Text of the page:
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by | Jun 14, 2017

‘Trump’ revealed as Children’s Word of the Year 2017

Trump has been revealed as Children’s Word of the Year by Oxford University Press for BBC Radio 2’s 500 Words.

This year, more than 130,000 children entered the BBC 500 Words competition and the team at Oxford Children’s Dictionaries have been poring through all 131,798 entries to identify the Children’s Word of the Year 2017 as trump.

As with previous years, the stories written as part of BBC 500 Words demonstrate children’s keen interest in contemporary affairs. This year, Donald Trump took office as President of the United States in the same week that the 500 Words competition launched and, as a result, the word ‘trump’ showed a massive 839% increase on last year, as a noun (a trump), a proper noun (Trump the name) and as a verb (trumped, trumping).

Political vocabulary in general has also grown in usage in 2017’s stories, showing children’s engagement with the news and media. The words politics and political show an increase of 115% and 78% respectively since last year, and an analysis of a cluster of around 30 words relating to contemporary politics (e.g. president, vote, election, campaign) shows a 58% increase in frequency since 2016.

Quotes from the stories

“Personal interactions were banned along with newspapers and books. Nowadays you were only allowed to communicate through tweeting alternative facts.”

From Stories

Trump is mentioned in a wide variety of contexts, from the US elections and politics, to tales of space, aliens, and superheroes, giving expression to children’s creativity, playfulness, and humour. Children also use the noun to invent new character names including ‘Boggle Trump’ and ‘Snozzle Trump’.

Children have been playing with blends, suffixes and prefixes to create new words improvised around Trump. In fact there are more than 100 instances of words such as ‘Trumplestilskin’, ‘Trumpyness’, ‘Trumpido’, ‘Trumpeon’ and ‘Trumpwinningtastic’.

“OH NO! I have spoken too soon… the train’s track has broken because a mean Trumpdiddlydumper blew a bit out of the track… Our Marshmallow Goblin-Trolls get to work immediately.”

From Sticky Journey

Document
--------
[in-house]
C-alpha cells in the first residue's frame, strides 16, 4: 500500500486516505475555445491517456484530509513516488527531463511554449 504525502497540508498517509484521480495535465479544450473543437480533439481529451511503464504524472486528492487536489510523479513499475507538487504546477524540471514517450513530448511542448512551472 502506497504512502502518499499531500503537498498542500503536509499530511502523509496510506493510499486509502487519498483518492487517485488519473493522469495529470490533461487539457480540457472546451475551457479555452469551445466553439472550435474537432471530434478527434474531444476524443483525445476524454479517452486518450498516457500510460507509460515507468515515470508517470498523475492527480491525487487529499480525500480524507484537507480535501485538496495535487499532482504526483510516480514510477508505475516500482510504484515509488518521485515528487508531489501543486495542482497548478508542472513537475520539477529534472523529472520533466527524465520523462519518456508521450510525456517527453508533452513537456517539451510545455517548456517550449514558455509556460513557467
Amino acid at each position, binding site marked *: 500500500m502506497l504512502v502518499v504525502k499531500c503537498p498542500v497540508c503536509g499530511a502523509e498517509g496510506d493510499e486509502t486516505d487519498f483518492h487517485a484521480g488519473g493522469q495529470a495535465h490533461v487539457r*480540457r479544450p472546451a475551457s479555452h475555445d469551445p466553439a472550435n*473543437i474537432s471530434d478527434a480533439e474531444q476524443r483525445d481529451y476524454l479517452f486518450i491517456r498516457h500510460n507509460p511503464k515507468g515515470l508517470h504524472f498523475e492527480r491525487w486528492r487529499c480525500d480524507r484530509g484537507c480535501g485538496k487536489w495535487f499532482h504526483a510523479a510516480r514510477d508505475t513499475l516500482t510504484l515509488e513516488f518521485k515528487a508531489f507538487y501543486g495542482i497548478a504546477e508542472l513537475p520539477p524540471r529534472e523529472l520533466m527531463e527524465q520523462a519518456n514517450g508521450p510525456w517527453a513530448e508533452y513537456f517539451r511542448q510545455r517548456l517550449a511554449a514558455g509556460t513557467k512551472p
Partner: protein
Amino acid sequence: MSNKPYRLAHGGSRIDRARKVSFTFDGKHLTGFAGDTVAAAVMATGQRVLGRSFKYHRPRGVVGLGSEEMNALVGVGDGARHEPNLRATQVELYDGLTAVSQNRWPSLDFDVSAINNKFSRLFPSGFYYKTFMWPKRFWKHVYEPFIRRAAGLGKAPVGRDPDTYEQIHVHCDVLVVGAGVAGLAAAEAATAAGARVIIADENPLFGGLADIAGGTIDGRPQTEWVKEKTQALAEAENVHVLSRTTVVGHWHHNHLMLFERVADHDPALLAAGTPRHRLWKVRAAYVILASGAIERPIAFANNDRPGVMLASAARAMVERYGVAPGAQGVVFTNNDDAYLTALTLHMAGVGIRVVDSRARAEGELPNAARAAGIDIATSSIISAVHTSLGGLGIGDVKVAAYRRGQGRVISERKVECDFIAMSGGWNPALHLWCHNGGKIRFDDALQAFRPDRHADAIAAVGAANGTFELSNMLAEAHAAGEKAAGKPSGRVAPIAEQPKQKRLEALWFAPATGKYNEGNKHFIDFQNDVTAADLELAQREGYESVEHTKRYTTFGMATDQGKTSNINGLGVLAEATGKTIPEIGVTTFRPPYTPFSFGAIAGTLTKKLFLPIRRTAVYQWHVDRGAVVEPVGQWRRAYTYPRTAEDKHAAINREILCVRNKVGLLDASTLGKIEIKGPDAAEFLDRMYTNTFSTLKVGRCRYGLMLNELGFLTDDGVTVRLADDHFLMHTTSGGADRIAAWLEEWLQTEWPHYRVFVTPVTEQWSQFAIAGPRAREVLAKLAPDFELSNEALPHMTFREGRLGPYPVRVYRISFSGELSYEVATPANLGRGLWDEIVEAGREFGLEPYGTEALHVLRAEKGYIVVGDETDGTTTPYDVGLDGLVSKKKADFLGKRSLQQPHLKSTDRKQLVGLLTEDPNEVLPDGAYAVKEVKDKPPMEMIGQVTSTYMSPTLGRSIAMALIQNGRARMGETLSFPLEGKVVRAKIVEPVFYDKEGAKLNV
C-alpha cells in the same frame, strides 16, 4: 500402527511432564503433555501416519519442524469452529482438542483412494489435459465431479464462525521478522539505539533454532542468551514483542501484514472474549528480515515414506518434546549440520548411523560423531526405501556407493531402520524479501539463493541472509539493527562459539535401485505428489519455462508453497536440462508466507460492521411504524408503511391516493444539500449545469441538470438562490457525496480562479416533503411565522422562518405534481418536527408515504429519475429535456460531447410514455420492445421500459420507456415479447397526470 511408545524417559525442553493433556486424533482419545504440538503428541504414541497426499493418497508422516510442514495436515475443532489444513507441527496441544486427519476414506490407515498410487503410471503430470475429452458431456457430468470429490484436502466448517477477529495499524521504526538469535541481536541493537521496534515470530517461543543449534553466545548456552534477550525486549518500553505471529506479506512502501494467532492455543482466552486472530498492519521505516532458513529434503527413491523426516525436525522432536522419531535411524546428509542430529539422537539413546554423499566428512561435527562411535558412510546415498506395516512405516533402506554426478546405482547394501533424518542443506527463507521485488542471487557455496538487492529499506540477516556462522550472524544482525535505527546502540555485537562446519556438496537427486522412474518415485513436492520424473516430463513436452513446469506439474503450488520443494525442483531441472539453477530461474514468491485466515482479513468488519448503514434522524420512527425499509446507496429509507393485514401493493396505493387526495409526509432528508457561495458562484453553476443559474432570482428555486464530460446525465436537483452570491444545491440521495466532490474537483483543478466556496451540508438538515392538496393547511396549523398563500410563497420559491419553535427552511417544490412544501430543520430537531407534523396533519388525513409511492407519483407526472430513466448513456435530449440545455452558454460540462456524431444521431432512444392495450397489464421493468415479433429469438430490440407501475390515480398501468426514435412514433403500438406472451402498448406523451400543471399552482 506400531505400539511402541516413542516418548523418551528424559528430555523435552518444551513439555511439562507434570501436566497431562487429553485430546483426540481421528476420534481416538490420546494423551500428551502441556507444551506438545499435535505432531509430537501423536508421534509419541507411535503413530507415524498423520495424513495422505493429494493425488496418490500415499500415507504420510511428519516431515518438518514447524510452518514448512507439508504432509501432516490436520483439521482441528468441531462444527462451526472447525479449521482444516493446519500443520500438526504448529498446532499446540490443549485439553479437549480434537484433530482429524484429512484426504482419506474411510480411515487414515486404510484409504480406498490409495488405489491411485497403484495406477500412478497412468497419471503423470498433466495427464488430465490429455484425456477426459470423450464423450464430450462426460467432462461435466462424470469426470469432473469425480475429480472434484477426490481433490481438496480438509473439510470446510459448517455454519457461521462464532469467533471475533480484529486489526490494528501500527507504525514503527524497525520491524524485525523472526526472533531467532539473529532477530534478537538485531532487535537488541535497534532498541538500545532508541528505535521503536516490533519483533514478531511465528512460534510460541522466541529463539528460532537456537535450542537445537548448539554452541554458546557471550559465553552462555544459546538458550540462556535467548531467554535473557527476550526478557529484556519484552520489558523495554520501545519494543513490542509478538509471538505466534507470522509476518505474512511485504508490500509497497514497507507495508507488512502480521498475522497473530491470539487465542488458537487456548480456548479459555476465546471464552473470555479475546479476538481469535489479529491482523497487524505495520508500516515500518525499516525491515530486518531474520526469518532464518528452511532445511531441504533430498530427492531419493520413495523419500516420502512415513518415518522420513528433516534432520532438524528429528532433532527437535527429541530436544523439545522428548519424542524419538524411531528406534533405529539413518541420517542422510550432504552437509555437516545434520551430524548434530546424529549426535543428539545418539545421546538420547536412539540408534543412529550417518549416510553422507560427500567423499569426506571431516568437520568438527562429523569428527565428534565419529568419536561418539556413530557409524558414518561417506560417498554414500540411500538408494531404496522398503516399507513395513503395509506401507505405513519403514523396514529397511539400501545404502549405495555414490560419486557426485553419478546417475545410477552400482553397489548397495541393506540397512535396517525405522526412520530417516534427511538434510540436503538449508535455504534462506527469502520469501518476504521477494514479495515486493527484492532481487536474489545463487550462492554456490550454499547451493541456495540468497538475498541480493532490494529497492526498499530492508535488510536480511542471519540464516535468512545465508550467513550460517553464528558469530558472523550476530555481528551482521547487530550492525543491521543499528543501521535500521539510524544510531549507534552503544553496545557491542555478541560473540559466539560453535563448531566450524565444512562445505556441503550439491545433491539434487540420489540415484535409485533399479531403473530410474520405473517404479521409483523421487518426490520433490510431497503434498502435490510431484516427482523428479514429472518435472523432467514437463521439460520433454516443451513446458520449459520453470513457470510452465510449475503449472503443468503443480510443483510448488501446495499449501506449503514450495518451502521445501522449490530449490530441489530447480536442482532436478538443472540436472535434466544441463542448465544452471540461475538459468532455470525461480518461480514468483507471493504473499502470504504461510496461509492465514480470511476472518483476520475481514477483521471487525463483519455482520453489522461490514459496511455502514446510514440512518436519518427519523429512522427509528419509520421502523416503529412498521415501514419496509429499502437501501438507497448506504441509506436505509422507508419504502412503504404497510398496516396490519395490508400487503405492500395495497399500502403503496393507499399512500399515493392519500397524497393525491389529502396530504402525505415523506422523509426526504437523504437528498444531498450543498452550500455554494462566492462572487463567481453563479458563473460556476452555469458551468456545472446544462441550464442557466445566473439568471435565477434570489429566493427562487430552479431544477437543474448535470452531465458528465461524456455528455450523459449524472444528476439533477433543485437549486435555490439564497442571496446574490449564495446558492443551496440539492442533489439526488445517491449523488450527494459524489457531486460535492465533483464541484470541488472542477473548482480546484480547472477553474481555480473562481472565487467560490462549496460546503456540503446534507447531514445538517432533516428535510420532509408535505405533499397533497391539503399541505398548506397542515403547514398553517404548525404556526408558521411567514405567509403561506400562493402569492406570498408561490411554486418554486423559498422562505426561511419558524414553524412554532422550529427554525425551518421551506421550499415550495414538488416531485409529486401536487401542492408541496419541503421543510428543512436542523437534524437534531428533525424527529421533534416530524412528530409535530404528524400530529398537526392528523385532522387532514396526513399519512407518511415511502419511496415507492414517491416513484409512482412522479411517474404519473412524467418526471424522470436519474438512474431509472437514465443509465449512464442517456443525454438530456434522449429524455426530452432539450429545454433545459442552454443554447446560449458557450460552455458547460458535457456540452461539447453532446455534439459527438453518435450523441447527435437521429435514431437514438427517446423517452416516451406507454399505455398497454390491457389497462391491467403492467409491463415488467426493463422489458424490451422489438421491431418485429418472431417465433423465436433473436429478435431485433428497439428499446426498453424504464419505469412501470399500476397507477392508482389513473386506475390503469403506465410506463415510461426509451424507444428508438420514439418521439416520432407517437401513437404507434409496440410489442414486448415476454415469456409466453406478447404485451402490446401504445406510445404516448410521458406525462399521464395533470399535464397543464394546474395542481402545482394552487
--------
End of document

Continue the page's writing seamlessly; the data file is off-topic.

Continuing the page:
Children’s use of satire in this year’s 500 Words competition also stood out, showing a high level of sophistication, creativity and humour.

“10 9… 8 ‘my hair is so amazing’… 7 ‘And real’ 6 5 ‘I am going to make the moon great again!’ 3 2… 1 blast off!!”

From Donald J Trump Goes to the Moon

We even had stories featuring characters such as Donald Trout, Hillary Kitten, and Obama Llama.

“This year, the stories demonstrate creativity, style and wit, all underpinned by a sophisticated use of grammar and language. From humorous punning to creating their own words, children have played and experimented with language with impressive results.


“The stories have not only provided us with infinite entertainment, but also contributed to language research for children’s dictionaries. As well as this, 500 Words has led to academic research at Oxford University which will support teachers and schools. #StoryChampions!”

Vineeta Gupta, Head of Children’s Dictionaries at Oxford University Press

Other key findings:

  • A new phrase for 2017, Pokémon Go was mentioned 132 times.
  • YouTube was the most mentioned social media site, whilst Instagram overtook Facebook to be the second-most mentioned social media platform.
  • The word superhero/superheroes is used 3088 times, and Batman and Superman are the most-mentioned superhero characters in the stories.

Explore the results

For a unique insight on children’s language in 2017, take a look at our infographics below:

Political language infographic

Find out how children used political language in the BBC 500 Words Competition 2017.

Superheroes infographic

Find out how children wrote about superheroes in the BBC 500 Words Competition 2017.

Gaming language infographic

Find out how children used gaming language in the BBC 500 Words Competition 2017.

Social media infographic

Find out how children wrote about social media in the BBC 500 Words Competition 2017.

More from Oxford Owl

500 Words might be over for another year, but that doesn’t mean that it’s time to put down your pens!